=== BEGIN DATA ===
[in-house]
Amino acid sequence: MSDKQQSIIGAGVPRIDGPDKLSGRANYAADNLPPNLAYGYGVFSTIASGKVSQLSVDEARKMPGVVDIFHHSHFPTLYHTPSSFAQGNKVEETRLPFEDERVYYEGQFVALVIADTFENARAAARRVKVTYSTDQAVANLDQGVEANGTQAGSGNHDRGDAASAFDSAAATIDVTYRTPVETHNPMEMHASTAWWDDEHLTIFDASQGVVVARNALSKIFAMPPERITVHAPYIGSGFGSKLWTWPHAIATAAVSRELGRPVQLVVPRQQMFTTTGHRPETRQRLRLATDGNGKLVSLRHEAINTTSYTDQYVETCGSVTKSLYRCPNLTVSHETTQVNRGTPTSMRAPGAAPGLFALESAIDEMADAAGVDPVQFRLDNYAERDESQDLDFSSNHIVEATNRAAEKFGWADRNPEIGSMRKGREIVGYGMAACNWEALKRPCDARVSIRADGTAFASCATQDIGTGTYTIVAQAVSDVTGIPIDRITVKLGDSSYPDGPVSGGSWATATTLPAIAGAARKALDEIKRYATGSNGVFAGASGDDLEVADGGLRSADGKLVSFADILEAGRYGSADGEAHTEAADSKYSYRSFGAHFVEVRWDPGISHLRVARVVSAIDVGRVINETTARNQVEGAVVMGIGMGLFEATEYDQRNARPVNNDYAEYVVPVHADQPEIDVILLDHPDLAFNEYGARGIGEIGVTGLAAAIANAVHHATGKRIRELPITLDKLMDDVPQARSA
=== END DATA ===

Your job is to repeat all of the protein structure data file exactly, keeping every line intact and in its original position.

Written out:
[in-house]
Amino acid sequence: MSDKQQSIIGAGVPRIDGPDKLSGRANYAADNLPPNLAYGYGVFSTIASGKVSQLSVDEARKMPGVVDIFHHSHFPTLYHTPSSFAQGNKVEETRLPFEDERVYYEGQFVALVIADTFENARAAARRVKVTYSTDQAVANLDQGVEANGTQAGSGNHDRGDAASAFDSAAATIDVTYRTPVETHNPMEMHASTAWWDDEHLTIFDASQGVVVARNALSKIFAMPPERITVHAPYIGSGFGSKLWTWPHAIATAAVSRELGRPVQLVVPRQQMFTTTGHRPETRQRLRLATDGNGKLVSLRHEAINTTSYTDQYVETCGSVTKSLYRCPNLTVSHETTQVNRGTPTSMRAPGAAPGLFALESAIDEMADAAGVDPVQFRLDNYAERDESQDLDFSSNHIVEATNRAAEKFGWADRNPEIGSMRKGREIVGYGMAACNWEALKRPCDARVSIRADGTAFASCATQDIGTGTYTIVAQAVSDVTGIPIDRITVKLGDSSYPDGPVSGGSWATATTLPAIAGAARKALDEIKRYATGSNGVFAGASGDDLEVADGGLRSADGKLVSFADILEAGRYGSADGEAHTEAADSKYSYRSFGAHFVEVRWDPGISHLRVARVVSAIDVGRVINETTARNQVEGAVVMGIGMGLFEATEYDQRNARPVNNDYAEYVVPVHADQPEIDVILLDHPDLAFNEYGARGIGEIGVTGLAAAIANAVHHATGKRIRELPITLDKLMDDVPQARSA